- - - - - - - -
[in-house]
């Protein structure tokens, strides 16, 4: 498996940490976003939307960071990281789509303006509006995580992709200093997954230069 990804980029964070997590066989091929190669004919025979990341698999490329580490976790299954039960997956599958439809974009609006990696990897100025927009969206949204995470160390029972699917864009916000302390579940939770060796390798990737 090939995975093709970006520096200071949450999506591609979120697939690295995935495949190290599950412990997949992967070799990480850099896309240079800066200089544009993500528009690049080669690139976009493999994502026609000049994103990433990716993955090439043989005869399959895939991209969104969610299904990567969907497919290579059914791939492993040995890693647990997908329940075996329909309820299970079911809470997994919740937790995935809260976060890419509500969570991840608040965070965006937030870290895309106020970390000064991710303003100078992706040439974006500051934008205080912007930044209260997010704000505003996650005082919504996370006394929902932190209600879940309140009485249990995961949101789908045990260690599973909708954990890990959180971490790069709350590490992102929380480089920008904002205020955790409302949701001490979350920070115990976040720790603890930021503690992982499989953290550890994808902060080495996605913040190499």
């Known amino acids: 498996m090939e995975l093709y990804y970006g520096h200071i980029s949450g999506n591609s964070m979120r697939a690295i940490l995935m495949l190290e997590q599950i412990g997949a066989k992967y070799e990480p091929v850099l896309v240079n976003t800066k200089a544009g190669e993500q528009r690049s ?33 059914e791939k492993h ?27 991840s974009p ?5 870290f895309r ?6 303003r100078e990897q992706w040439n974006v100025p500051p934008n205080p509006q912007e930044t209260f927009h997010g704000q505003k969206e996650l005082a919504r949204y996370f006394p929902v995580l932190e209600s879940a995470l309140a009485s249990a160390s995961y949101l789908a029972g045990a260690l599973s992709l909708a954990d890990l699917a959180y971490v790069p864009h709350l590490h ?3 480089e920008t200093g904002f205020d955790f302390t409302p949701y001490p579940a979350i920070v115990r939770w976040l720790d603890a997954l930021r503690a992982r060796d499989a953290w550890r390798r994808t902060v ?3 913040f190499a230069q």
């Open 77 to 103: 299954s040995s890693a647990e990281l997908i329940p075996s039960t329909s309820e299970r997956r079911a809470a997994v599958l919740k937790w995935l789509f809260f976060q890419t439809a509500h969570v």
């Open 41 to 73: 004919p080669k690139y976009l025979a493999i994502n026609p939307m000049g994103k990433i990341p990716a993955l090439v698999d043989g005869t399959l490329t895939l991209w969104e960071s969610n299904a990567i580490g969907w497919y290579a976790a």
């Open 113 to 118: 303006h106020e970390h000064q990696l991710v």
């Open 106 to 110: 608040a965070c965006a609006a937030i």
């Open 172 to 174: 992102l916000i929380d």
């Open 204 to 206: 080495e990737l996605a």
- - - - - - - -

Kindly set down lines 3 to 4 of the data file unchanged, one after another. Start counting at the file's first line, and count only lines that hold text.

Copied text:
């Known amino acids: 498996m090939e995975l093709y990804y970006g520096h200071i980029s949450g999506n591609s964070m979120r697939a690295i940490l995935m495949l190290e997590q599950i412990g997949a066989k992967y070799e990480p091929v850099l896309v240079n976003t800066k200089a544009g190669e993500q528009r690049s ?33 059914e791939k492993h ?27 991840s974009p ?5 870290f895309r ?6 303003r100078e990897q992706w040439n974006v100025p500051p934008n205080p509006q912007e930044t209260f927009h997010g704000q505003k969206e996650l005082a919504r949204y996370f006394p929902v995580l932190e209600s879940a995470l309140a009485s249990a160390s995961y949101l789908a029972g045990a260690l599973s992709l909708a954990d890990l699917a959180y971490v790069p864009h709350l590490h ?3 480089e920008t200093g904002f205020d955790f302390t409302p949701y001490p579940a979350i920070v115990r939770w976040l720790d603890a997954l930021r503690a992982r060796d499989a953290w550890r390798r994808t902060v ?3 913040f190499a230069q």
């Open 77 to 103: 299954s040995s890693a647990e990281l997908i329940p075996s039960t329909s309820e299970r997956r079911a809470a997994v599958l919740k937790w995935l789509f809260f976060q890419t439809a509500h969570v």